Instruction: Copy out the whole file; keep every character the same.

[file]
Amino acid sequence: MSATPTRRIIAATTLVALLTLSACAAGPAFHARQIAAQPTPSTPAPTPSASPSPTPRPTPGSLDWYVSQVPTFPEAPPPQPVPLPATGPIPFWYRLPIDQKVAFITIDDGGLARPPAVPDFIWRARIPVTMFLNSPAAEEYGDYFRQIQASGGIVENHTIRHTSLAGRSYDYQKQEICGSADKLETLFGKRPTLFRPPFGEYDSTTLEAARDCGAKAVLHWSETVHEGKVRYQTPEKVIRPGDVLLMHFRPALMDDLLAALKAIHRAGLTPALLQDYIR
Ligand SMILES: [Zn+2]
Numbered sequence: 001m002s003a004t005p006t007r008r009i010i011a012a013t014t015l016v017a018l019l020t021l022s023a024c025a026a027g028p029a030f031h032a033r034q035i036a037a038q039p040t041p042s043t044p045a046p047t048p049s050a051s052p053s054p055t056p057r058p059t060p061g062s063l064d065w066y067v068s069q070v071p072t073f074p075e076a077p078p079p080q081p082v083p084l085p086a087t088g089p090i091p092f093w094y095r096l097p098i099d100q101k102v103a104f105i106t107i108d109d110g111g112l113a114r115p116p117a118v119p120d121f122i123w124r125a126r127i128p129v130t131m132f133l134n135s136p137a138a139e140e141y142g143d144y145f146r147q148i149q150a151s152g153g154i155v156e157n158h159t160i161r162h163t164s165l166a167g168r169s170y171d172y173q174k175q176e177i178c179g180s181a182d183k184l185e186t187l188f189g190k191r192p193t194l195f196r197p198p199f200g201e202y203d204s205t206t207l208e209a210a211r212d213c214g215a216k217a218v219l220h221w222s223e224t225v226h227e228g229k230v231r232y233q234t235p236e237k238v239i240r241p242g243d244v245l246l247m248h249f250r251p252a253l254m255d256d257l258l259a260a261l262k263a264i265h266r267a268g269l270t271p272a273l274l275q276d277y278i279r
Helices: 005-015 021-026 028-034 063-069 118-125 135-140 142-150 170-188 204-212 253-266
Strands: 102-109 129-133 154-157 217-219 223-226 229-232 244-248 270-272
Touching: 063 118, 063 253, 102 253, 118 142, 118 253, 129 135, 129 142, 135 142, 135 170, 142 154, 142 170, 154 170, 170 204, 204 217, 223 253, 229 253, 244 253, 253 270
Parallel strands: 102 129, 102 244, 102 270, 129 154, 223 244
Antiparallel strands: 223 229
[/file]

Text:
Amino acid sequence: MSATPTRRIIAATTLVALLTLSACAAGPAFHARQIAAQPTPSTPAPTPSASPSPTPRPTPGSLDWYVSQVPTFPEAPPPQPVPLPATGPIPFWYRLPIDQKVAFITIDDGGLARPPAVPDFIWRARIPVTMFLNSPAAEEYGDYFRQIQASGGIVENHTIRHTSLAGRSYDYQKQEICGSADKLETLFGKRPTLFRPPFGEYDSTTLEAARDCGAKAVLHWSETVHEGKVRYQTPEKVIRPGDVLLMHFRPALMDDLLAALKAIHRAGLTPALLQDYIR
Ligand SMILES: [Zn+2]
Numbered sequence: 001m002s003a004t005p006t007r008r009i010i011a012a013t014t015l016v017a018l019l020t021l022s023a024c025a026a027g028p029a030f031h032a033r034q035i036a037a038q039p040t041p042s043t044p045a046p047t048p049s050a051s052p053s054p055t056p057r058p059t060p061g062s063l064d065w066y067v068s069q070v071p072t073f074p075e076a077p078p079p080q081p082v083p084l085p086a087t088g089p090i091p092f093w094y095r096l097p098i099d100q101k102v103a104f105i106t107i108d109d110g111g112l113a114r115p116p117a118v119p120d121f122i123w124r125a126r127i128p129v130t131m132f133l134n135s136p137a138a139e140e141y142g143d144y145f146r147q148i149q150a151s152g153g154i155v156e157n158h159t160i161r162h163t164s165l166a167g168r169s170y171d172y173q174k175q176e177i178c179g180s181a182d183k184l185e186t187l188f189g190k191r192p193t194l195f196r197p198p199f200g201e202y203d204s205t206t207l208e209a210a211r212d213c214g215a216k217a218v219l220h221w222s223e224t225v226h227e228g229k230v231r232y233q234t235p236e237k238v239i240r241p242g243d244v245l246l247m248h249f250r251p252a253l254m255d256d257l258l259a260a261l262k263a264i265h266r267a268g269l270t271p272a273l274l275q276d277y278i279r
Helices: 005-015 021-026 028-034 063-069 118-125 135-140 142-150 170-188 204-212 253-266
Strands: 102-109 129-133 154-157 217-219 223-226 229-232 244-248 270-272
Touching: 063 118, 063 253, 102 253, 118 142, 118 253, 129 135, 129 142, 135 142, 135 170, 142 154, 142 170, 154 170, 170 204, 204 217, 223 253, 229 253, 244 253, 253 270
Parallel strands: 102 129, 102 244, 102 270, 129 154, 223 244
Antiparallel strands: 223 229